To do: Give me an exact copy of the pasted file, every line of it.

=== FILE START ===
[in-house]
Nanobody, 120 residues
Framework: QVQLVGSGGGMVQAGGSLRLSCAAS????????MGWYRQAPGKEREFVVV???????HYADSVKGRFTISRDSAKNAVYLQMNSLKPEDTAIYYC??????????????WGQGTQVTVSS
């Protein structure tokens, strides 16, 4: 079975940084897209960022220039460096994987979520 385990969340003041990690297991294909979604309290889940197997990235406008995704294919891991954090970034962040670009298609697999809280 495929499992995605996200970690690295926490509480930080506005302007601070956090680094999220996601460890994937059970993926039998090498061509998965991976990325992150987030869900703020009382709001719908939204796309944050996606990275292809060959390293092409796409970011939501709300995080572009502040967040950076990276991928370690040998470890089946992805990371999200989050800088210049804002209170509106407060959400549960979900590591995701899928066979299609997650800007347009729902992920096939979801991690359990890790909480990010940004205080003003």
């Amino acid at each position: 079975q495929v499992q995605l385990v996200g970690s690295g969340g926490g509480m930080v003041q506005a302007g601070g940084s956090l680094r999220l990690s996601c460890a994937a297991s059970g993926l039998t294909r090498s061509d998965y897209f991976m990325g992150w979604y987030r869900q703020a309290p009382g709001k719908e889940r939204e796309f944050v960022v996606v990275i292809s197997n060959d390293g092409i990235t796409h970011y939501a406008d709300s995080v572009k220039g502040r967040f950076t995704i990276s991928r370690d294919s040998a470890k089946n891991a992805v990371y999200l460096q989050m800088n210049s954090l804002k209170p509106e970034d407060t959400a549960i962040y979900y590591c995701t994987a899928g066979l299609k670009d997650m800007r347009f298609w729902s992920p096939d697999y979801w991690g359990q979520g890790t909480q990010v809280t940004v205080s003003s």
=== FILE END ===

[in-house]
Nanobody, 120 residues
Framework: QVQLVGSGGGMVQAGGSLRLSCAAS????????MGWYRQAPGKEREFVVV???????HYADSVKGRFTISRDSAKNAVYLQMNSLKPEDTAIYYC??????????????WGQGTQVTVSS
């Protein structure tokens, strides 16, 4: 079975940084897209960022220039460096994987979520 385990969340003041990690297991294909979604309290889940197997990235406008995704294919891991954090970034962040670009298609697999809280 495929499992995605996200970690690295926490509480930080506005302007601070956090680094999220996601460890994937059970993926039998090498061509998965991976990325992150987030869900703020009382709001719908939204796309944050996606990275292809060959390293092409796409970011939501709300995080572009502040967040950076990276991928370690040998470890089946992805990371999200989050800088210049804002209170509106407060959400549960979900590591995701899928066979299609997650800007347009729902992920096939979801991690359990890790909480990010940004205080003003």
């Amino acid at each position: 079975q495929v499992q995605l385990v996200g970690s690295g969340g926490g509480m930080v003041q506005a302007g601070g940084s956090l680094r999220l990690s996601c460890a994937a297991s059970g993926l039998t294909r090498s061509d998965y897209f991976m990325g992150w979604y987030r869900q703020a309290p009382g709001k719908e889940r939204e796309f944050v960022v996606v990275i292809s197997n060959d390293g092409i990235t796409h970011y939501a406008d709300s995080v572009k220039g502040r967040f950076t995704i990276s991928r370690d294919s040998a470890k089946n891991a992805v990371y999200l460096q989050m800088n210049s954090l804002k209170p509106e970034d407060t959400a549960i962040y979900y590591c995701t994987a899928g066979l299609k670009d997650m800007r347009f298609w729902s992920p096939d697999y979801w991690g359990q979520g890790t909480q990010v809280t940004v205080s003003s």